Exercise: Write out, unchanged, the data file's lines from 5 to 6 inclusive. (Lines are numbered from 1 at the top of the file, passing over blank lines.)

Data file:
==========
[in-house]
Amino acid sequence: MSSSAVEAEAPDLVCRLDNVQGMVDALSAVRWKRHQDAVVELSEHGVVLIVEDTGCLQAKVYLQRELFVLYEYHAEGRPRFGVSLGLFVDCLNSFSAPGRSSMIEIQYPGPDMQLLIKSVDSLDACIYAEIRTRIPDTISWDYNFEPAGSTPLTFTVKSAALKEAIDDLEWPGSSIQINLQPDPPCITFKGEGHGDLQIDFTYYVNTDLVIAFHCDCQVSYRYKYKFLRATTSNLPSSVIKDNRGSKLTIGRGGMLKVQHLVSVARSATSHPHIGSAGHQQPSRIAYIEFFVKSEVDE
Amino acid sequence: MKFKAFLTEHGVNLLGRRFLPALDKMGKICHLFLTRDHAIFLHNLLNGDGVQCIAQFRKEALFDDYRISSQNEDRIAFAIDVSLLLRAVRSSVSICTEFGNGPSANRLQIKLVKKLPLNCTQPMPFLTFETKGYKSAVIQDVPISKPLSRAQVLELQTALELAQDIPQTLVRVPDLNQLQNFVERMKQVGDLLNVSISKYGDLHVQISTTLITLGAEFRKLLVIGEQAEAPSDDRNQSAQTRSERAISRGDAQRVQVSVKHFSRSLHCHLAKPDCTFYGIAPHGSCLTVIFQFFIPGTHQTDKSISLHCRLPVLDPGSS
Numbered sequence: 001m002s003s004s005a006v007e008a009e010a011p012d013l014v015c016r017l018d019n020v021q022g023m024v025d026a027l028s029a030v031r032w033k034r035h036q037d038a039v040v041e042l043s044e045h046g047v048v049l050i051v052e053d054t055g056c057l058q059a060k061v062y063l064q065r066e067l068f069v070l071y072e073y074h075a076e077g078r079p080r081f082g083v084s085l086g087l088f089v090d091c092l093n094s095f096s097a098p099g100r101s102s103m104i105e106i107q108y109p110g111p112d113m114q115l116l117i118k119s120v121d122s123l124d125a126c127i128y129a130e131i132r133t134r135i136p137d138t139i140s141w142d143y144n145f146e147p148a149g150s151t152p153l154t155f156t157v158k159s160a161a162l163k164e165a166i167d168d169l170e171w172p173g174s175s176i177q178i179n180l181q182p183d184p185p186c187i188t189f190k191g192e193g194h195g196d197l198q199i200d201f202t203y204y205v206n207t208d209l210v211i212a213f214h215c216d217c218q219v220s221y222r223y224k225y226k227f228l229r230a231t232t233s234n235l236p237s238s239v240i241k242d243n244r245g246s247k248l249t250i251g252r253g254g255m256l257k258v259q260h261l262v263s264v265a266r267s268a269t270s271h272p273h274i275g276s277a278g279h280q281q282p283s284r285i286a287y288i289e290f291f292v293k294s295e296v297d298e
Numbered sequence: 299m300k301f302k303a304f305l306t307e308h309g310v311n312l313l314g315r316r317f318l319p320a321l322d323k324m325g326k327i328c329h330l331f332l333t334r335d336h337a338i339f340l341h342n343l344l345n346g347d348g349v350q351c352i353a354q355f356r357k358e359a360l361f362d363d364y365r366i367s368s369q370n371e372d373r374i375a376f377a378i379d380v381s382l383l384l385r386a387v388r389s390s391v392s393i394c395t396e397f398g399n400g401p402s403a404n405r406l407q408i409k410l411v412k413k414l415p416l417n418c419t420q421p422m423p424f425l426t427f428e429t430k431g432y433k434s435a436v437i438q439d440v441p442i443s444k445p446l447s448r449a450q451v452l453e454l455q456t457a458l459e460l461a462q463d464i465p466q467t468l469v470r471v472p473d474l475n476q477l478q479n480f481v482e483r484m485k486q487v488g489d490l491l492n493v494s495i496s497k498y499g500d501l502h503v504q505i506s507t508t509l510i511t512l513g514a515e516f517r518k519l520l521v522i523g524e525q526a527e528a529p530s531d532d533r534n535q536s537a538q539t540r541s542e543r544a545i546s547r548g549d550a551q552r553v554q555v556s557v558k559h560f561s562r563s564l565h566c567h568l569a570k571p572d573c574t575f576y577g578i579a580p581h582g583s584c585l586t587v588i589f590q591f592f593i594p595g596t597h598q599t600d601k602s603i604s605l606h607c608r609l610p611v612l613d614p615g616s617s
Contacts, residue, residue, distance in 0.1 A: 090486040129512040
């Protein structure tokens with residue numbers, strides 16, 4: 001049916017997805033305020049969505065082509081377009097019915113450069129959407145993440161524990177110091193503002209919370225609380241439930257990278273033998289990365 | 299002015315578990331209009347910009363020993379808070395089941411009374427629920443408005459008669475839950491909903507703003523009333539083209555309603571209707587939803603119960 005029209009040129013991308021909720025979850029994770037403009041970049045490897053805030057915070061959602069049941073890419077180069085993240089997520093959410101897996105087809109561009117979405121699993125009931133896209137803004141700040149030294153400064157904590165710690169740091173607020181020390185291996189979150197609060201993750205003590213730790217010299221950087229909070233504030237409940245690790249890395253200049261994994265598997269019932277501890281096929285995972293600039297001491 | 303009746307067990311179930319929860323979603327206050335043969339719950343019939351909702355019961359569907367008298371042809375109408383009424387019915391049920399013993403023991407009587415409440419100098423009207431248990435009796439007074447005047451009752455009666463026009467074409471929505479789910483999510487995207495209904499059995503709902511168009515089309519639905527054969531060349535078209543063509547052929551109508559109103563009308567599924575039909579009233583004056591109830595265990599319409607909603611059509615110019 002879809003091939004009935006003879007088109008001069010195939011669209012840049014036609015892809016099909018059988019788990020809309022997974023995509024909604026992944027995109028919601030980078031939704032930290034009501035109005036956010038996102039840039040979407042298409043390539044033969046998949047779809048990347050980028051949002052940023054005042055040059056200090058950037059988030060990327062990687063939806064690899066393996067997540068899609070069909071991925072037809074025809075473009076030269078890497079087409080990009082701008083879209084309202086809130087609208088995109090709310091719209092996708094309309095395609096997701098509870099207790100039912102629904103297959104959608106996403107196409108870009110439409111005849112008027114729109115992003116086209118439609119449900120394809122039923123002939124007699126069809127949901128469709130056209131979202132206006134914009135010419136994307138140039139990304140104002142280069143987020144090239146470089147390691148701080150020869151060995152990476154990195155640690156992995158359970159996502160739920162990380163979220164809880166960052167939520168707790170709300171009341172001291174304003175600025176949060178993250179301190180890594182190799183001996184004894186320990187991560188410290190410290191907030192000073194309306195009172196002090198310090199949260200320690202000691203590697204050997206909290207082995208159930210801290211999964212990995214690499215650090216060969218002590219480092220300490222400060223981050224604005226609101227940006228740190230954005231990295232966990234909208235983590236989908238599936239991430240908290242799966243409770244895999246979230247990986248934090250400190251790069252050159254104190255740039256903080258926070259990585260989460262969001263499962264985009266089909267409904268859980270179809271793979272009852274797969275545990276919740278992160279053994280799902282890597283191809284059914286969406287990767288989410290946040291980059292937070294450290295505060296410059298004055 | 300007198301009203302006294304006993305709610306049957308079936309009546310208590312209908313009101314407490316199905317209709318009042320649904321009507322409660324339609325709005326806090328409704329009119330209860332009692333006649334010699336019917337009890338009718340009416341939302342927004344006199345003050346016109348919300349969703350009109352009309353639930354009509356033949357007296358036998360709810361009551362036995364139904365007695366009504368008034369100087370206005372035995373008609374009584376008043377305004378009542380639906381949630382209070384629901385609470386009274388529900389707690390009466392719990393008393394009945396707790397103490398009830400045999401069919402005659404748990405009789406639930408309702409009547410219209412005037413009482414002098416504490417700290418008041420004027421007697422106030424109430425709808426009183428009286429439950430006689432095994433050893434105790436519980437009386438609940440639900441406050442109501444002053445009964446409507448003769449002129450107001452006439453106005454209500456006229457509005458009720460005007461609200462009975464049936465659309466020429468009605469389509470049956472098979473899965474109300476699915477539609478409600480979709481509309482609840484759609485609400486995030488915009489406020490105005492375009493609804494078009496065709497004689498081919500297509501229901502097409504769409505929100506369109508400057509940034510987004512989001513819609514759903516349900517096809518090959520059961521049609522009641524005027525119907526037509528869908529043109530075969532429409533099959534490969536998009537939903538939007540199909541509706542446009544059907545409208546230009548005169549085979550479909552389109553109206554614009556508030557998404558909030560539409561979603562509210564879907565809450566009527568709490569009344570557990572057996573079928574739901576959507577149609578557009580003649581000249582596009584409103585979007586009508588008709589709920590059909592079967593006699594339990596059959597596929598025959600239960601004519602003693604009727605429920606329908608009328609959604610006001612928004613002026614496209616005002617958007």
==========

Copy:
Numbered sequence: 299m300k301f302k303a304f305l306t307e308h309g310v311n312l313l314g315r316r317f318l319p320a321l322d323k324m325g326k327i328c329h330l331f332l333t334r335d336h337a338i339f340l341h342n343l344l345n346g347d348g349v350q351c352i353a354q355f356r357k358e359a360l361f362d363d364y365r366i367s368s369q370n371e372d373r374i375a376f377a378i379d380v381s382l383l384l385r386a387v388r389s390s391v392s393i394c395t396e397f398g399n400g401p402s403a404n405r406l407q408i409k410l411v412k413k414l415p416l417n418c419t420q421p422m423p424f425l426t427f428e429t430k431g432y433k434s435a436v437i438q439d440v441p442i443s444k445p446l447s448r449a450q451v452l453e454l455q456t457a458l459e460l461a462q463d464i465p466q467t468l469v470r471v472p473d474l475n476q477l478q479n480f481v482e483r484m485k486q487v488g489d490l491l492n493v494s495i496s497k498y499g500d501l502h503v504q505i506s507t508t509l510i511t512l513g514a515e516f517r518k519l520l521v522i523g524e525q526a527e528a529p530s531d532d533r534n535q536s537a538q539t540r541s542e543r544a545i546s547r548g549d550a551q552r553v554q555v556s557v558k559h560f561s562r563s564l565h566c567h568l569a570k571p572d573c574t575f576y577g578i579a580p581h582g583s584c585l586t587v588i589f590q591f592f593i594p595g596t597h598q599t600d601k602s603i604s605l606h607c608r609l610p611v612l613d614p615g616s617s
Contacts, residue, residue, distance in 0.1 A: 090486040129512040